Gartner: blockchain initiatives to pilot until 2022
The research and advisory firm has revealed that one of the biggest reasons for the development is that early blockchain pilots for supply chain pursued technology-orientated models have been successful in other sectors, such as banking and insurance.
“Modern supply chains are very complex and require digital connectivity and agility across participants,” commented Andrew Stevens, senior director analyst with Gartner Supply Chain practice. “Many organisations believed that blockchain could help navigate this complexity and pushed to create robust use cases for the supply chain. However, most of these use cases were inspired by pilots from the banking and insurance sector and didn’t work well in a supply chain environment.”
It is thought that blockchain use cases require an alternative approach for supply chain than other sectors, and shouldn’t discourage supply chain leaders from experimenting with blockchain.
With technology having an increasing influence over how firms operate their supply chains, a technology-first approach that targets blockchain infrastructure was the initial idea for use cases in supply chain, replicating the approach of the banking and insurance industry. However, in comparison with the highly digital-only fintech blockchain use cases, many supply chains will need to capture events and data across physical products, packaging layers and transportation assets. It’s important that supply chain leaders understand how these events can be digitalised for sharing across a potential blockchain-enabled ecosystem of stakeholders.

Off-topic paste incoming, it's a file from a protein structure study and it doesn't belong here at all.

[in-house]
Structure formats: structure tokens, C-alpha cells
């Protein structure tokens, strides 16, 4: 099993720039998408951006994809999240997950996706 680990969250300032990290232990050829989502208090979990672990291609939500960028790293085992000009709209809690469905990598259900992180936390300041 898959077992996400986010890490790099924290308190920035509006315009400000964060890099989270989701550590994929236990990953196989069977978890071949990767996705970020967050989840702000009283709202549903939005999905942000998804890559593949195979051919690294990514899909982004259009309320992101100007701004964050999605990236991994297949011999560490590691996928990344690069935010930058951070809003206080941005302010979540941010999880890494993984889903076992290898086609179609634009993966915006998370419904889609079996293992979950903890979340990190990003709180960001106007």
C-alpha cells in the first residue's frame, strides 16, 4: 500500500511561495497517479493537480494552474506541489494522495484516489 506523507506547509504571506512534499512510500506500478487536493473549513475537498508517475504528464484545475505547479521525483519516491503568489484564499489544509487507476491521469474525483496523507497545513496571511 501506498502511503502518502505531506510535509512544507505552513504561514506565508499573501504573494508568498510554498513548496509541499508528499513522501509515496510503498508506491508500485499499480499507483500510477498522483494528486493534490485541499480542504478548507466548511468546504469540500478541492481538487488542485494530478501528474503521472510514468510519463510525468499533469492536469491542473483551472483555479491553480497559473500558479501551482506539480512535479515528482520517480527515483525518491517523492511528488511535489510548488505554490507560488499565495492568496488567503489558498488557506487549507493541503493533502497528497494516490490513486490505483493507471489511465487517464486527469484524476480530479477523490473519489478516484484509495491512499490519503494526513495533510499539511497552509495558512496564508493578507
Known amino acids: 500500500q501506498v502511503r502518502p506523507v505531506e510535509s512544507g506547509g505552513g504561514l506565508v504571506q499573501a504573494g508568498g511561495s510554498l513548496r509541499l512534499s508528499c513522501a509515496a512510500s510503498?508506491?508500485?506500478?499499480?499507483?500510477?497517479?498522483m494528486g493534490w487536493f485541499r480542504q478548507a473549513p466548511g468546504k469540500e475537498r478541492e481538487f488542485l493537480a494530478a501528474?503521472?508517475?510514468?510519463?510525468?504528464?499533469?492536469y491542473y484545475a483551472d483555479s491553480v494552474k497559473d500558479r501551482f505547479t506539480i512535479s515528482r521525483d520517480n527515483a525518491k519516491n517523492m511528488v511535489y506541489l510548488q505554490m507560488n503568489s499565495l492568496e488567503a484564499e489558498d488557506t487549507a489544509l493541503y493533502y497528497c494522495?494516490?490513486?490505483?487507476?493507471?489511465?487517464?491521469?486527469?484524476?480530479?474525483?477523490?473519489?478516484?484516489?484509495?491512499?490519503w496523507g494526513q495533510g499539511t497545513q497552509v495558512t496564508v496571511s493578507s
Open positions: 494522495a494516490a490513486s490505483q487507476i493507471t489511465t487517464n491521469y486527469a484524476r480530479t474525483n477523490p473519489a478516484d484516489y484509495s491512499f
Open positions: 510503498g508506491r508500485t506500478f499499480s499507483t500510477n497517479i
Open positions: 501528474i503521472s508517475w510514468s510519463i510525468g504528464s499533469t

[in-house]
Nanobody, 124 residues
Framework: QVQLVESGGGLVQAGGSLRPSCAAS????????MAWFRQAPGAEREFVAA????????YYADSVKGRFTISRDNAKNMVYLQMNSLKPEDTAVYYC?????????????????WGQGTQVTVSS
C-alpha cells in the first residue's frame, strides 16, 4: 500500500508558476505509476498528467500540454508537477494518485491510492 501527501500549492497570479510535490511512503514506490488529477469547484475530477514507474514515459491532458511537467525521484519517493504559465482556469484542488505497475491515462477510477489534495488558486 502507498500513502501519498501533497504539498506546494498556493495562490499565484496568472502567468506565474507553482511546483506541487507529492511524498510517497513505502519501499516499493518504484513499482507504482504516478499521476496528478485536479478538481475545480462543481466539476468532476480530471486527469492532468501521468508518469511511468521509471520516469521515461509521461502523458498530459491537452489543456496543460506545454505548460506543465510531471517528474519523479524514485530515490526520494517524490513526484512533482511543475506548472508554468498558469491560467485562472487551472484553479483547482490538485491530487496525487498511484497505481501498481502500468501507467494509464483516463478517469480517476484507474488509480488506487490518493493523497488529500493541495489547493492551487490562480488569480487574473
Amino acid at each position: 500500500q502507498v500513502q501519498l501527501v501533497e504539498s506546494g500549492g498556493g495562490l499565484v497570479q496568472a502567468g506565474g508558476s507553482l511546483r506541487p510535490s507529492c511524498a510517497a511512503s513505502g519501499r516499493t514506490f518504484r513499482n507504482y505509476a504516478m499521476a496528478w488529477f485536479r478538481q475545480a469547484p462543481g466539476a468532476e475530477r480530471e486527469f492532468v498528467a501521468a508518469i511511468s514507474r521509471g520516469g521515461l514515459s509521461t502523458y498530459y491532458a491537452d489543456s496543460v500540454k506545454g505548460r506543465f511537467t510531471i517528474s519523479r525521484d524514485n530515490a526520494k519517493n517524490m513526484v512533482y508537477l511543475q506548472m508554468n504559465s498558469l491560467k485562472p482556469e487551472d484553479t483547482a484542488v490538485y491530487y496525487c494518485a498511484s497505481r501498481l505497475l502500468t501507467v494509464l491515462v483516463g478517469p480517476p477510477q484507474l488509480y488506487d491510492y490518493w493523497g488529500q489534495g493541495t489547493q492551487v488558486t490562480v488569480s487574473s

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5 minutes with: Ivalua’s Sundar Kamak
Who are you?
My name is Sundar Kamak, I’m Head of Manufacturing Solutions at Ivalua. I’ve been with the company for around two years now, and I’m responsible for our industry solutions and our pre-sales team. Before joining Ivalua I spent almost 20 years in the source-to-pay procurement space, working for a number of providers. But I got my career started in manufacturing and supply chain, specifically in automotive and aerospace.
And what is currently taking up the majority of your professional time?
The last year I've been focused in helping organisations put together a digital transformation strategy, especially manufacturing companies, so they can continue to address some of the challenges they face due to the COVID pandemic.
The traditional approach of engineers designing their latest product then procurement going off to source no longer works
What are the biggest challenges facing your corner of supply chain?
We have a lot of clients coming from different backgrounds - aerospace, high-tech, automotive - and they’re feeling the pressure and the crunch. There’s a lack of product, lack of material availability, lack of resources, labour shortages. So, I work with the leadership in these organisations, try to understand what problems they're looking to solve and come back with Ivalua solutions that can help them address some of these challenges.
Where do the biggest opportunities lie?
If we look at manufacturing, it all comes back to procurement and supply chain being involved sooner in the process. The traditional approach of engineers designing their latest product then procurement going off to source no longer works. It’s important to treat suppliers like partners, which means you build trust, so they can participate very early on in the product design and product development process. It’s not done consistently in the manufacturing sector, but it will be key.